The production of J B Priestley’s moral thriller had me hooked from the start. The rising curtain unveiled a scaled-up Edwardian dolls house looking down on a misty wasteland in war-torn Britain – a brilliant way to highlight how out of touch high-society were to 1940s poverty and suffering.
Mesmerised from five rows in, I was enthralled by Priestley’s message filtering through every scene. The voiceless maid Edna spoke volumes with her eyes darting daggers at her self-important employers.
Later, the dramatic collapse of the house as the Inspector left the stage was a reminder that metaphorical glass buildings we hide in can easily be shattered.
It was a roller-coaster of emotion too with gasp-out-loud moments, and then quieter poignant ones which reached out to hold our hands…
In the end, this powerful production made me think differently about a play I’d taught for many years as an English teacher… Now THAT is really something.
What is the real story?
Best of all, the play stayed with me long after. And as I returned to the car park elated by such a dazzling performance, Priestley’s warning was etched in every homeless person’s face I saw huddled against shopfronts, trying desperately to stay warm from the freezing winds.
The society Priestley warned us about in 1945 was here, on the streets of Britain… It wasn’t just a make-believe play. It was real.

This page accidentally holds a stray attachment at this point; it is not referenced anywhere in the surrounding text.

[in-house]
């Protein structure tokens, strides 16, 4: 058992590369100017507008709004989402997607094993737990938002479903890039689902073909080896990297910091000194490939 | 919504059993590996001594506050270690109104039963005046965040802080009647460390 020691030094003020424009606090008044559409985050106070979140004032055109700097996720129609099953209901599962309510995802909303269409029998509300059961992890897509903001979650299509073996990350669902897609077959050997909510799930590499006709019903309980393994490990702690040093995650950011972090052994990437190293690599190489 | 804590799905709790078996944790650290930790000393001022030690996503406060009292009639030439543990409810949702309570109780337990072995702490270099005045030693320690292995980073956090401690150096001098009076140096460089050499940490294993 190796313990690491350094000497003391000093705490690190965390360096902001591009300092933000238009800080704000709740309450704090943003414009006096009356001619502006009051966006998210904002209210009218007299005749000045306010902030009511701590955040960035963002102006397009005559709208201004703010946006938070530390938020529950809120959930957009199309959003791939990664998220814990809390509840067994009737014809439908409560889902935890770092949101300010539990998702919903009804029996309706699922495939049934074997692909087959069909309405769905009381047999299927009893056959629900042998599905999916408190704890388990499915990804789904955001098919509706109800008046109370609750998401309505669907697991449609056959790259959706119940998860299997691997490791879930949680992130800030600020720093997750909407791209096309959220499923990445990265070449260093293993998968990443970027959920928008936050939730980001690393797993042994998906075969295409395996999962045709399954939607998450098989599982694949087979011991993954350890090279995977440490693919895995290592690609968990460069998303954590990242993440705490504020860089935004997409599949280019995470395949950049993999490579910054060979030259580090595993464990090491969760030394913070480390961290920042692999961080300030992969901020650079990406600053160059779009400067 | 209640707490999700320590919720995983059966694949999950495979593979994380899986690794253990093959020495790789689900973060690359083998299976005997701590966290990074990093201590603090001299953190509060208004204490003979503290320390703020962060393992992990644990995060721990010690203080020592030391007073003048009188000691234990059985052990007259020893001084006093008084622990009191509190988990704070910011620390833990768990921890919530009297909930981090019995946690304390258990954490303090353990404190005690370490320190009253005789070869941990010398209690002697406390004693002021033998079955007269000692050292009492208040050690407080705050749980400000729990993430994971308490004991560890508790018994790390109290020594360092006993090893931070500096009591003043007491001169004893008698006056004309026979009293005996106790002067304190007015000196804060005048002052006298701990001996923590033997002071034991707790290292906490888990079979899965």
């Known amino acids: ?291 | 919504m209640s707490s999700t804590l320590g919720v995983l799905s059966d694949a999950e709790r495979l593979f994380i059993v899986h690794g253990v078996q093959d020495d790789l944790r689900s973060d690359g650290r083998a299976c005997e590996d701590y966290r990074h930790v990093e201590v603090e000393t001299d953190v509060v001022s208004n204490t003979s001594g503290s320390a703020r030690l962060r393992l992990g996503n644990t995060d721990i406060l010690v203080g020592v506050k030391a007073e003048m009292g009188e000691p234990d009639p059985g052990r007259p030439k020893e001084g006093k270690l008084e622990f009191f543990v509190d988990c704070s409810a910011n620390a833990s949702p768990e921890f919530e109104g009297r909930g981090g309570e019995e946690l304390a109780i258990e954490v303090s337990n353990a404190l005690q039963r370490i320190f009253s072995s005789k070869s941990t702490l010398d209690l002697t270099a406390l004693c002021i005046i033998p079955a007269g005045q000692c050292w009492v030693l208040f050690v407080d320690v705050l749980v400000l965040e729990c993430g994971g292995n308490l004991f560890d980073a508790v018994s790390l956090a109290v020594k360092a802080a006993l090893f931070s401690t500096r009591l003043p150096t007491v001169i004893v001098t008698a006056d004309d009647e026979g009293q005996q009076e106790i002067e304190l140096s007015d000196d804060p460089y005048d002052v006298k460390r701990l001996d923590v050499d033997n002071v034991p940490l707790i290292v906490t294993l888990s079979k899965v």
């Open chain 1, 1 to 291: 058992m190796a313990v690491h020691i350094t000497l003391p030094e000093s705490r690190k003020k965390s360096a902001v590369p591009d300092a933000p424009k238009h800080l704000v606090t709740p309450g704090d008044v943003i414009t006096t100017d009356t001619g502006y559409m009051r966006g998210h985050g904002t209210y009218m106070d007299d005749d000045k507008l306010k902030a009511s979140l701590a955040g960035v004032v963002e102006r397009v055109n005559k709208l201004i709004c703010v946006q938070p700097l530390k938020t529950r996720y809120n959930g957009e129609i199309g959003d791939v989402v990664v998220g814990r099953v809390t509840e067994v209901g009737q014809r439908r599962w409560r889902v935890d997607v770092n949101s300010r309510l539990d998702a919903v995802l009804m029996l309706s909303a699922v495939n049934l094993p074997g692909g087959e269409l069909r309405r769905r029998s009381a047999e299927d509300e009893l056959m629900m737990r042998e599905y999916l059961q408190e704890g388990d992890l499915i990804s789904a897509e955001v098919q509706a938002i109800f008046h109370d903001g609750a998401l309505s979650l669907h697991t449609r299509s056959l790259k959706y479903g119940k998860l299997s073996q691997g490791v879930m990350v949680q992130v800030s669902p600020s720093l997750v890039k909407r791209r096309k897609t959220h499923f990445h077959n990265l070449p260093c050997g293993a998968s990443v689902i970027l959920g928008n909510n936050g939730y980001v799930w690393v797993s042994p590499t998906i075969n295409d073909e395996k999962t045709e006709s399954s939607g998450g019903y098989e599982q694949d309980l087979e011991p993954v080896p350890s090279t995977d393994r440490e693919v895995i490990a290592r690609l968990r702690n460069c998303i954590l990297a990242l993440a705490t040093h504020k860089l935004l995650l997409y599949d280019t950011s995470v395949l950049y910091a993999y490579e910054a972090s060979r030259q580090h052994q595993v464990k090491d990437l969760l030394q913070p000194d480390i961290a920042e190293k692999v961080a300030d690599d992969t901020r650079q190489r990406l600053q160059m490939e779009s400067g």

Yet, the production did its job – to connect with the audience, to make them think.
Priestley I’m sure would have been elated (35 years on from his death in 1984) that his words could still reach out to people. Whether global societies have learnt the lessons of the past is another story though…
How to make people listen
What I loved about this play is that it reminded me about what matters when we are trying to persuade people – whether you are a business owner, teacher or whoever.
If you run a business, your web copy has to hit the right note right away. Or else you’ve lost them. No time to waste then. Aim to:
1. Have a clear message – and repeat. Essential if you want your audience to ‘understand’ what you offer. Keep it simple with clear language too.
2. Speak to people through your copy. If you just talk about yourself, with dreaded ‘we’ sentences spattered across your website, don’t expect your audience to notice you.
Trigger a human response by speaking to people direct – and they’ll listen.
You know that already, right?
3. Solve the pain. Every person who lands on your site has a problem they want solving. What are their pain points? How does your service or product solve them?
Base your copy on this, visitors will think you care about their needs. They will also trust you more because of it.
While accolades and award-winning titles might impress, most people just want their problems solving. Be who they need.
This 75 year old play had something fresh and important to say because of how the modern actors and director presented it. It felt radical; words written in the 1940s had a fresh – and still relevant – voice.
Make that happen in your copy. And if there are 100 competitors in your town selling the same service, make yours different.
Say something new. Don’t sound like a cardboard cut out full of business jargon. It leaves people cold. Instead, be bold about being human…